"One of the (Wingerworth Hall) rooms was sold to the St Louis Museum in Missouri. The staircase, drawing room and library were for sale at Robersons of Knightsbridge in 1929, but their fate is unknown. The seventeenth century wing and stable block were subsequently converted and much of the park has now been built on."

And so if anyone comes across this blog and knows the fate of the staircase, drawing room and library please let me know

Saturday, 10 March 2018

Hathersage Open Air Swimming Pool opened 1936

The same paper that featured in the previous blog Sheffield Telegraph dated Thursday 17th March 2016 also carried a report about the eightieth anniversary of the opening of the Hathersage Open Air Swimming Pool in 1936 


The pool was made possible by the generous donation of a noted Sheffield industrialist Mr. George Lawrence who lived in the village. I have a great admiration for George and it is marvelous to see that some of the projects he help fund are still going strong today.   

William Sterndale Bennett (1816-1875)

The following cutting is from the Sheffield Telegraph dated Thursday 17th March 2016 and concerns the composer and musician William Sterndale Bennett (1816-1875).


It was the bi-centennial anniversary of his birth and a series of events were to be held throughout the year to commemorate the event.

But what the article fails to mention is that William Sterndale Bennett is the only person from Sheffield to be buried in Westminster Abbey  I am unsure of the criteria that are adopted that permit a person to be buried in the Abbey, but a recent publication stated that over three thousand people are buried within the Abbey's precincts. For William to be Sheffield's only burial at the Abbey is rather perplexing given the City's prominence in the late nineteenth and twentieth century

Tuesday, 20 February 2018

Mr Benjamin Unwin (1799-1881) of Cromwell Street North Sheffield

In my family tree, my great uncle George SANBY married a Maud UNWIN on  13 Feb 1916 at St Bartholomew's Church , Primrose View, Langsett Road, Sheffield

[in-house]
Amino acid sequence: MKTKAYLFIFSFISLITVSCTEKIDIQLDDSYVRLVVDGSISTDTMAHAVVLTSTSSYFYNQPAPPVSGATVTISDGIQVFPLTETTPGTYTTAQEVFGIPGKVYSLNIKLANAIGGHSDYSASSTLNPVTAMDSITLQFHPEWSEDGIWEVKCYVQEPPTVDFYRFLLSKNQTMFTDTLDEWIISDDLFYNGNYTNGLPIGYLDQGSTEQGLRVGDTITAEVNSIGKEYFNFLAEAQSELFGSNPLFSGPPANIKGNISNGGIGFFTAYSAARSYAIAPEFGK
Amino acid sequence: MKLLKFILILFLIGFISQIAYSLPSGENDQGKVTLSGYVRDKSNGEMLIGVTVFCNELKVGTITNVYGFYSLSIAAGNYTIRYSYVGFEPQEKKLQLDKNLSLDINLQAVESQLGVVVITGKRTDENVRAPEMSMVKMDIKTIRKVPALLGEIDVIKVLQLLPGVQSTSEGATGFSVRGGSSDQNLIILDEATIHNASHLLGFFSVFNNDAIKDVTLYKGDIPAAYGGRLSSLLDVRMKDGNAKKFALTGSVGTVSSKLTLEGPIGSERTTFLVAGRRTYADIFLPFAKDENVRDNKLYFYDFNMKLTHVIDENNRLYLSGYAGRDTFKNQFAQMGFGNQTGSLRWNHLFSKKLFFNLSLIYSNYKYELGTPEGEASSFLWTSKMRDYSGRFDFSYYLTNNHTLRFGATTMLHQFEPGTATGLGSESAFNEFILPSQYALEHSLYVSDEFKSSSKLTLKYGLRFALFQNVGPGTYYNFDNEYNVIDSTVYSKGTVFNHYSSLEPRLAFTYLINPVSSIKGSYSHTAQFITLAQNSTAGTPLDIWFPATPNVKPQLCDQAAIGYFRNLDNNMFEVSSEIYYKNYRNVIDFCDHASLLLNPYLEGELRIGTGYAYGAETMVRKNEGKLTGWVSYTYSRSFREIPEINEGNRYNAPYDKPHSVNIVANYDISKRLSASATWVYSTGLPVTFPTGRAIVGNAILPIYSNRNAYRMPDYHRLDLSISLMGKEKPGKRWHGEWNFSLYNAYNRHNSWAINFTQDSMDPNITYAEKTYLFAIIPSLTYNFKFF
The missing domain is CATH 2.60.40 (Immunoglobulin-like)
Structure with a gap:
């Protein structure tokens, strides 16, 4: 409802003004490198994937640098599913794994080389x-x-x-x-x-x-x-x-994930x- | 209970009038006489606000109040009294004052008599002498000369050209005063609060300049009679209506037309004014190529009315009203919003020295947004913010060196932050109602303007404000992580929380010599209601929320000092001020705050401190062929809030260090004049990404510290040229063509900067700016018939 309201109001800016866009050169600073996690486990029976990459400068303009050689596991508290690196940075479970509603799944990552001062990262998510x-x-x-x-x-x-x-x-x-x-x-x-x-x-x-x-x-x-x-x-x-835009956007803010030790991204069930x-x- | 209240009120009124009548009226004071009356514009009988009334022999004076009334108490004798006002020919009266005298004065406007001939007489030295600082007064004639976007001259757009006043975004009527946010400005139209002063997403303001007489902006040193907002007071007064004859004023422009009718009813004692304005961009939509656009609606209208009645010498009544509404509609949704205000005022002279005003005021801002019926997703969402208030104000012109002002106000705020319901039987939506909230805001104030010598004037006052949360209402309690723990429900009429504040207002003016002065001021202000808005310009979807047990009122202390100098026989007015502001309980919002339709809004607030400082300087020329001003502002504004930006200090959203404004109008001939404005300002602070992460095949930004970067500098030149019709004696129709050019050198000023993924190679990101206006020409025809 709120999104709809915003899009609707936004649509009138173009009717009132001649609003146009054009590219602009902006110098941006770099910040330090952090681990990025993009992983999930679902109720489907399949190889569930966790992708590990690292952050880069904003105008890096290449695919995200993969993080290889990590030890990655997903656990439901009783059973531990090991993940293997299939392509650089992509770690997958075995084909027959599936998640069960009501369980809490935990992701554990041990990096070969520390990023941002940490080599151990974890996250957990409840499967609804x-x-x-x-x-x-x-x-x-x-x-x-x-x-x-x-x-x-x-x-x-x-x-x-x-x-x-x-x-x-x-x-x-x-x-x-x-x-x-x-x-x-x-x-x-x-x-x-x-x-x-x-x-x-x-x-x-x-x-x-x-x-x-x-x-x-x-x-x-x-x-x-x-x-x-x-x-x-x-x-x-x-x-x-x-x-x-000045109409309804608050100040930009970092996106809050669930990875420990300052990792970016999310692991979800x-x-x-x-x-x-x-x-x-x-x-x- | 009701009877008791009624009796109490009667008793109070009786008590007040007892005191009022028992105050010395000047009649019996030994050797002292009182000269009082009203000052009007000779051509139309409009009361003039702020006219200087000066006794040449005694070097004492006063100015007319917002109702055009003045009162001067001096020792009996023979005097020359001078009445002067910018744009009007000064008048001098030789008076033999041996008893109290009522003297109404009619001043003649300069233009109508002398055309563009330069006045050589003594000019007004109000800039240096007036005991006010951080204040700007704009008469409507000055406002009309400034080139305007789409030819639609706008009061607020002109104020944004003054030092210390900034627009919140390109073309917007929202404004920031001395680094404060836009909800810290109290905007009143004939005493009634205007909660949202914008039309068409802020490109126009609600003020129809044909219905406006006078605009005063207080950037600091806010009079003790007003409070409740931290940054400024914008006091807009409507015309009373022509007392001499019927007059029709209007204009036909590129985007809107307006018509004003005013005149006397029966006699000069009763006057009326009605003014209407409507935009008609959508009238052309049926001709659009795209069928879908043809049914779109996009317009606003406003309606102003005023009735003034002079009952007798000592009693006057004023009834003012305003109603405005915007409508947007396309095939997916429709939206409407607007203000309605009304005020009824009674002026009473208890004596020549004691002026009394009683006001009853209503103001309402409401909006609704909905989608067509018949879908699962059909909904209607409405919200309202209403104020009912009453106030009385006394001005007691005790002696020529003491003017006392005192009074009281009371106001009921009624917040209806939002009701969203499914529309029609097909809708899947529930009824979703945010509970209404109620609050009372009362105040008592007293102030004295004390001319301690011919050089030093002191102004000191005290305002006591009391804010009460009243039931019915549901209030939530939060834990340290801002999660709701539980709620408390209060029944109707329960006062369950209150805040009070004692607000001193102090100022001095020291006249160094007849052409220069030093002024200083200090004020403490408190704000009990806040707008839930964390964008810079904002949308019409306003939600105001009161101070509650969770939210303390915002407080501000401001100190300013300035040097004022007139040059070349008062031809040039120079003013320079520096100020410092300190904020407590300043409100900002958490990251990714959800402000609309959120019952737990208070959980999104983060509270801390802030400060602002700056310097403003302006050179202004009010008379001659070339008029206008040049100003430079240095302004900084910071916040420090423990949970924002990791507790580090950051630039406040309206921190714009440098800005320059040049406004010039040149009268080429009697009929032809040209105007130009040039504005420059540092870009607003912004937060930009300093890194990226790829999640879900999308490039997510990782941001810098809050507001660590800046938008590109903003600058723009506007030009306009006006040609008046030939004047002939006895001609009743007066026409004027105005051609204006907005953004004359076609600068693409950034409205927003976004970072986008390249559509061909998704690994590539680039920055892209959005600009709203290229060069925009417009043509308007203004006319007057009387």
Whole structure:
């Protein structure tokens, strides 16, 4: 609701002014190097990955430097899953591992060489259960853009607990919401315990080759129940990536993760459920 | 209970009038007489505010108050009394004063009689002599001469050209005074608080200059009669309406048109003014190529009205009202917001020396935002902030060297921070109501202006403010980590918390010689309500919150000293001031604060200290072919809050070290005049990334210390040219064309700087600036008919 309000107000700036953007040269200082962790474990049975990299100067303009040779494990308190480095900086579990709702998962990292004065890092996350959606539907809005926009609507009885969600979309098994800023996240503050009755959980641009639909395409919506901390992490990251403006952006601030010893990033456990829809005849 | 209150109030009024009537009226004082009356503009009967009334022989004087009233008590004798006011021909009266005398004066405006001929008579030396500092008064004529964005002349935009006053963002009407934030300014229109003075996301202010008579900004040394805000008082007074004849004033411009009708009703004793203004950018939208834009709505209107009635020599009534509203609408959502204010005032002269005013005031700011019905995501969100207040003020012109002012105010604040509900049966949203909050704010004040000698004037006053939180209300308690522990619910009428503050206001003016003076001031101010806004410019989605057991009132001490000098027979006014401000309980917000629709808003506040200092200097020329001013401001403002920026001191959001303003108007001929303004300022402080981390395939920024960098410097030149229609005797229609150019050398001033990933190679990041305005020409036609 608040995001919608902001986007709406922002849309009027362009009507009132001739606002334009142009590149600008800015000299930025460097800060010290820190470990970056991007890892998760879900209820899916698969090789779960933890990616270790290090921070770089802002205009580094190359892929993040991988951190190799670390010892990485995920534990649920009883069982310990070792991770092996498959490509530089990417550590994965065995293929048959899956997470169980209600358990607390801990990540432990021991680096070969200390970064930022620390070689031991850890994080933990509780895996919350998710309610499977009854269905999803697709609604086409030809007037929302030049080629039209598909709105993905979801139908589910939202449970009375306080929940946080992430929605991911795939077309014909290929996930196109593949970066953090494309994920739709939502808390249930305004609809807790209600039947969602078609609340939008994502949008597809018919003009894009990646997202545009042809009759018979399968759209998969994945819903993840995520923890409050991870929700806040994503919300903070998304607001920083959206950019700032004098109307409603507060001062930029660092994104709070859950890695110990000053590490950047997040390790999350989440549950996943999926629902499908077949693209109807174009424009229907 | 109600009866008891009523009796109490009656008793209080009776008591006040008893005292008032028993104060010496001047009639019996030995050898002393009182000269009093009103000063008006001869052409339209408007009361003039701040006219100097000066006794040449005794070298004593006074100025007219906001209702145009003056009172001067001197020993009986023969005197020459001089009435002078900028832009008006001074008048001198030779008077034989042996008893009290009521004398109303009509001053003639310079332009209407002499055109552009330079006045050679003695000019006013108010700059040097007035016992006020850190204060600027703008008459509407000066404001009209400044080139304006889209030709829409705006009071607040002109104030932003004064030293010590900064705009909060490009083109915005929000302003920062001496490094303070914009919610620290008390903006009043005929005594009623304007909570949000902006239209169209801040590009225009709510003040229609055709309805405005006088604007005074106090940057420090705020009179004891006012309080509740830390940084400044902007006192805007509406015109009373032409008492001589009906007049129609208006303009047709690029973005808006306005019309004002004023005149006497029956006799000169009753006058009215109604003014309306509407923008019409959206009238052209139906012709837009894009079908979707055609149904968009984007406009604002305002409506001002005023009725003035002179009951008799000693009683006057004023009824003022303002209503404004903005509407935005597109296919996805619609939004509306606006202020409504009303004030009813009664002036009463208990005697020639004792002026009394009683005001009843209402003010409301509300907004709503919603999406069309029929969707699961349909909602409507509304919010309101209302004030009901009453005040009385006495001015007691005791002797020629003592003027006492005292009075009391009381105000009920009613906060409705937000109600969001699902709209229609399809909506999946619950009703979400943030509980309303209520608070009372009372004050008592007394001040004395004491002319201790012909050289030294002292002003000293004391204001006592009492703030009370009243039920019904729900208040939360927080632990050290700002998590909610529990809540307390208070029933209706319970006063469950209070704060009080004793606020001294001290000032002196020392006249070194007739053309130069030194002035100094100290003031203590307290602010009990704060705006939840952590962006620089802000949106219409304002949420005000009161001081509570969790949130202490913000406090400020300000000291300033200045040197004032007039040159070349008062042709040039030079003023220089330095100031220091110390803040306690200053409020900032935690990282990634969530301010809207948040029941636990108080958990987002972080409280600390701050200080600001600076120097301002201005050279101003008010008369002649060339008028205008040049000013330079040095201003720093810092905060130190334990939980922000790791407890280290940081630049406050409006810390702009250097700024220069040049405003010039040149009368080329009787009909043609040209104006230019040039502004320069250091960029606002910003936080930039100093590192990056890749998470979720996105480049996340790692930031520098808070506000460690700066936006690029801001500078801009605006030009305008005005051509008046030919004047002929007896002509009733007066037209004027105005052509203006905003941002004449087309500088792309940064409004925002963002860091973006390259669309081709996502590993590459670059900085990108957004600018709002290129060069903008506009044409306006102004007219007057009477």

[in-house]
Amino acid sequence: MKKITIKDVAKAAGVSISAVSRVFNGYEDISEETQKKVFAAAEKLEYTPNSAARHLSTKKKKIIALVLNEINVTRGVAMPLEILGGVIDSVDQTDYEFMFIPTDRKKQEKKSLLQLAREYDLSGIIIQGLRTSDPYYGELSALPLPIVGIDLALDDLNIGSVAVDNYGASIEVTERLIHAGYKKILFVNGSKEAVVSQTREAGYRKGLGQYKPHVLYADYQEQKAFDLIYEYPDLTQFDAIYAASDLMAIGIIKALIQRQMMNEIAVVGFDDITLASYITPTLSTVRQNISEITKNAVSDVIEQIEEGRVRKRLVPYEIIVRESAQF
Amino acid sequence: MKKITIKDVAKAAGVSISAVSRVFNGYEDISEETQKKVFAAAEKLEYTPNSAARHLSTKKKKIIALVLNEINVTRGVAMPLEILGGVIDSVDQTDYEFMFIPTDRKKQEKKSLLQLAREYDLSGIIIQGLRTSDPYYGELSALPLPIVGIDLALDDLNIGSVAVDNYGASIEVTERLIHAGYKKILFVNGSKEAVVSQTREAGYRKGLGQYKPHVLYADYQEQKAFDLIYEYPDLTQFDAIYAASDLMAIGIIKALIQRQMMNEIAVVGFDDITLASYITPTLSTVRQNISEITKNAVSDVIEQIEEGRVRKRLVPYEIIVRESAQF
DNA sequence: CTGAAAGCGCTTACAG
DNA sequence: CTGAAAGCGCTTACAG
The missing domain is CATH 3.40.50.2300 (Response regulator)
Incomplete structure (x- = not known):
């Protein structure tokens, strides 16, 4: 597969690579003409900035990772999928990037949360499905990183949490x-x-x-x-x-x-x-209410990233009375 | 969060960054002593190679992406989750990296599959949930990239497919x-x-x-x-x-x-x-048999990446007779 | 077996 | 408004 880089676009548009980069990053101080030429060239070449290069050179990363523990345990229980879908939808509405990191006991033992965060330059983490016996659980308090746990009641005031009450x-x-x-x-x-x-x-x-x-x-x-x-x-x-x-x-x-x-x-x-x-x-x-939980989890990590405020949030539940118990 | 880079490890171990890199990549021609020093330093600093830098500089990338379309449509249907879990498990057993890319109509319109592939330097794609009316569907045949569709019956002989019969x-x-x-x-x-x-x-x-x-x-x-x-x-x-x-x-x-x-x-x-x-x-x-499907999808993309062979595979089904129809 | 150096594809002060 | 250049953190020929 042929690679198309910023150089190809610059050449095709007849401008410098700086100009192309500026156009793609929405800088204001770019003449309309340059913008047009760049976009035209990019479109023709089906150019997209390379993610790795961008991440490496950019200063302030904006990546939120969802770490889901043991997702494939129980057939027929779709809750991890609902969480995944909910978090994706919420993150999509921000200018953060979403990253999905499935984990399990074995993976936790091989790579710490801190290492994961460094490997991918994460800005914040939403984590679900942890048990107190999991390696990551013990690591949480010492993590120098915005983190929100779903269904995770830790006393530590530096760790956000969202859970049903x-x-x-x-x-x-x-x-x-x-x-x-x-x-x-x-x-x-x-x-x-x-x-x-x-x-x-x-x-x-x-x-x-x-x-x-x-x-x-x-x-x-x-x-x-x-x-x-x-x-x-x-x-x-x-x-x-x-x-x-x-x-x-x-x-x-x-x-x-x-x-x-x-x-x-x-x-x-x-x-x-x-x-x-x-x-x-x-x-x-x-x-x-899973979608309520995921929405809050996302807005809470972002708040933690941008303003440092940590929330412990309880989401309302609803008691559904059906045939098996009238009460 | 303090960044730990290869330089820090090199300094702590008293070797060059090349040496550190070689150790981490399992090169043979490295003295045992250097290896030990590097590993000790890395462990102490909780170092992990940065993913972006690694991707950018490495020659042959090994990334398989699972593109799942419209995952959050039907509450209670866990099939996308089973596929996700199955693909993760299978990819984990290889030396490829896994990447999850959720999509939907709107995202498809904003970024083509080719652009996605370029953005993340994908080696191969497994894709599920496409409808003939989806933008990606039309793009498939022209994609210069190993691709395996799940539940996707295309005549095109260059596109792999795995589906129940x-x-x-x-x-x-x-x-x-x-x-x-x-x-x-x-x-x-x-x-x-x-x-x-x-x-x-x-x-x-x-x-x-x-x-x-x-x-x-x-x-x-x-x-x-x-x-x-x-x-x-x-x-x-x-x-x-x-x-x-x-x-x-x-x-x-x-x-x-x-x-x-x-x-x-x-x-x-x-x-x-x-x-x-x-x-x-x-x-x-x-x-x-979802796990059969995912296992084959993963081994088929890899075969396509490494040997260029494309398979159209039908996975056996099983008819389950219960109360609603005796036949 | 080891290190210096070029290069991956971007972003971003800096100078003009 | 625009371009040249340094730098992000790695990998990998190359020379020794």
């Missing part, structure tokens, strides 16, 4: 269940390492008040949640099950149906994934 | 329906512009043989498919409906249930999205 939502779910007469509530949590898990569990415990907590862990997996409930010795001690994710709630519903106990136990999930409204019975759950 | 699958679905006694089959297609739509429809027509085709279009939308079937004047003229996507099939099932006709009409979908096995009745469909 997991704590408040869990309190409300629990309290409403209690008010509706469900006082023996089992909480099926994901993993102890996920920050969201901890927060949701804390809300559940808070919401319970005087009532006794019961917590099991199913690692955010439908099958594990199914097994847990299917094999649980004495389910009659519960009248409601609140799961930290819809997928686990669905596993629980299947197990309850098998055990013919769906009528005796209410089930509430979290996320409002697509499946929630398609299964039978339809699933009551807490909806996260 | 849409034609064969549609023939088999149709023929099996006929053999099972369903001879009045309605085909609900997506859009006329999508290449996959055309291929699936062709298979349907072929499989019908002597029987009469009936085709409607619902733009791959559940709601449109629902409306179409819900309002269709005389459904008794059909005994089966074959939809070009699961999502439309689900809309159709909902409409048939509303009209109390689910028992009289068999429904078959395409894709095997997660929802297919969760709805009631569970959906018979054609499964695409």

But just six months later George lost his life due to the wounds he received on the Somme. Maud was the 21 year old daughter of Thornhill  Unwin and it whilst I was researching the UNWIN name I came across this obituary in the Sheffield and Rotherham Independent dated 9th April 1881.
 
AN OCTOGENARIAN GRINDER.

The theory that grinders are never long-lived is not borne out by the experience of Mr Benjamin Unwin, spring-knife grinder, who died a few days ago at the advanced age of 82, after a life spent in pursuit of his calling. He worked at the trade named without any intermission from his youth until a few years ago, and he never suffered from what is commonly known as the grinders' complaint. He was of a cheerful and hopeful disposition, and scrupulously temperate, which may perhaps have much to do with the manner in which he retained his health, and was unaffected by the injurious conditions of his calling.
In politics he was a sincere Radical. He had a great facility for expressing his opinions, and a singularly retentive memory enabled him to recall with precision the great political events of his time.

Quite a remarkable longevity for a Sheffield grinder who life expectancy on average was barely 35 years of age.

Benjamin was buried in Sheffield's Wardsend Cemetery on 7th April 1881

UNWIN Benjamin 7 Apr 1881 Cromwell St Nth 81

As far as I can ascertain he is not related to Thornhill Unwin and his daughter Maud

Sunday, 18 February 2018

Private Frank Willetts (1920-1942) - Pioneer Corps

In February 2018  I received this information from a reader of the article I posted many years ago on the Beighton Rail Disaster of February 1942 and the aftermath of the tragedy


"I am getting in touch with you regarding the Beighton Train crash. My Father in-laws uncle Frank Willetts died on the 18th Jun 1942 - as a result of the train crash that happened on the 11th Feb 1942. Would love to know more about it. The family have no information and were never given a reason of his death. Would love to know more"

I checked the FreeBMD site and found that FRANK had died in Worksop, Notts. He would have been in hospital there.
Name: Frank Willetts
Death Age: 22 Birth Date: abt 1920
Registration Date: Jun 1942
Registration district: Worksop Inferred County: Nottinghamshire Volume: 7b Page: 48 
The Commonwealth War Graves Commission had very little information about FRANK just that he was a private in the Pioneer Corps, his Service Number was 13038410 and that he died on 18/06/1942
But when I placed the name in a search engine I came across this information on the excellent Salford War Memorials Site together with a photo of Frank's last resting place.  
PRIVATE FRANK WILLETTS
BIRTH unknown
DEATH 18 Jun 1942
BURIAL Salford Cemetery Salford, Metropolitan Borough of Salford, Greater Manchester, England
PLOT Sec. N. Grave 1364.
MEMORIAL ID 60118914


Frank died four months after the tragedy, and so he will not be remembered as one of the 14 who were killed that night. And it makes you wonder how many more died as a result of the injuries they received in the crash.